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VINE VOICEon 25 September 2012
I loved Bel Canto (Ann Patchett's Orange prize winner)when I read it a few years ago. I was engrossed in it from start to finish and found it gripping throughout. I was delighted therefore to buy State of Wonder a few months ago when it was on special offer for Kindle and knowing it was likely to be a demanding read I waited until I had the time and space to enjoy it.

To say that I found it a frustrating read would be an understatement. The plot of State of Wonder has been written about elsewhere in these reviews so I won't reiterate it here save to say that I found aspects of it somewhat ludicrous. But what was most frustrating was the long, slow build up where nothing much happened. I considered giving up on it several times but had a look at reviews and found that several readers who gave it 4 or 5 stars had also found the beginning slow. So I persevered hoping that I would start to enjoy it. I didn't though, not really. I thought the writing in places was very good and I certainly felt that I got a sense of place from the book but I didn't relate to any of the characters at all and I find that when I can't do that then I can't really engage with a book in any meaningful way and this was no exception.
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on 11 March 2013
Rather slow and lacking in depth, with rather cliched characters. I was waiting for some great revelation or deep intrigue, or at least some sort of crescendo, and while her discoveries about the research and the tribes in the amazon were undeniably odd, it never really delivered. It sort of ground along to the end, and then it ended. The only thing that kept me going through it is that it's very evocative of what it's like to be in the amazon jungle - anyone who's been there will really relate to it, but other than that, a vaguely enjoyable and undemanding book if you don't have something more engaging to hand.
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on 12 April 2018
It wasn't until I was 60% into the book that I actually enjoyed reading it. I found I didn't care about the main characters. But in the end the story was thrilling and worth persisting for.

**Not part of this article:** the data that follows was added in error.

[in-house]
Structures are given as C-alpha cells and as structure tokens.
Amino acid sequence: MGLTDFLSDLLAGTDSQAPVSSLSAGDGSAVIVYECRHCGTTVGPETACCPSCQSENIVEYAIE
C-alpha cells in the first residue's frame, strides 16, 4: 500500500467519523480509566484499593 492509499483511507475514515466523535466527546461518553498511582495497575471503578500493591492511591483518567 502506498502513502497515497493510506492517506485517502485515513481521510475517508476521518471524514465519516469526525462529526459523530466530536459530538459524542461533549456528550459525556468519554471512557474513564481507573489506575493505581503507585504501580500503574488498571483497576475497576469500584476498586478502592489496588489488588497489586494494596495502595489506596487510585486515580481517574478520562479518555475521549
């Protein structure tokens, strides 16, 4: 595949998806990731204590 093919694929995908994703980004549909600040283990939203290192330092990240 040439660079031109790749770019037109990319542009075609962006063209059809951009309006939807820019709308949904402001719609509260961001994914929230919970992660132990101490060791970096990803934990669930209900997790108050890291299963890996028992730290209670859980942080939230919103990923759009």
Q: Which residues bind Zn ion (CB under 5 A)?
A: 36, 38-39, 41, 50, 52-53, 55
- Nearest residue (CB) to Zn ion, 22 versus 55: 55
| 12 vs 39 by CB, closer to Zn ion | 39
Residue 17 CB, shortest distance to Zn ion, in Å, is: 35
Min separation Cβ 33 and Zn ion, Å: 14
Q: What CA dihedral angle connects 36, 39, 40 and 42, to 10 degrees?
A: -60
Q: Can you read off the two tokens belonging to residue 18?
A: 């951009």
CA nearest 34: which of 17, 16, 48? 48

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on 26 July 2012
I bought this book on a whim as it was recommended after I read the equally wonderful The Song of Achilles. Patchett successfully creates what seems to be another world in this book and, like its main protagonist Marina, we find ourselves slowly sucked in, ending up "going native". I couldn't get this world out of my head and, while the denouement may be a little rushed and predictable, it's less about the destination than the journey, to coin a phrase. I'm a picky reader who regularly gives up on books that don't grip and I loved it, so give it a go.
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on 17 March 2013
Whilst this novel is not a great work of literature, it is nevertheless highly readable. The main focus of the plot, Marina, is well drawn, as one follows her quest to shed her feelings of blame and guilt for a serious error committed by her younger self. 'State of Wonder' stands on its own, but may gain an extra dimension if read as a 21st century companion to the early 20th century 'Heart of Darkness'. Female characters appear stronger than their male counterparts, in contrast to Joseph Conrad's much more compact story. Ann Patchett's strength is her skill at vivid descriptive passages.
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on 10 February 2016
Enjoyed this and found it really interesting as I've never learnt much about the Amazon. Easy to get into which is always a positive for me. Reinforced my feelings of never wanting to visit this particular location!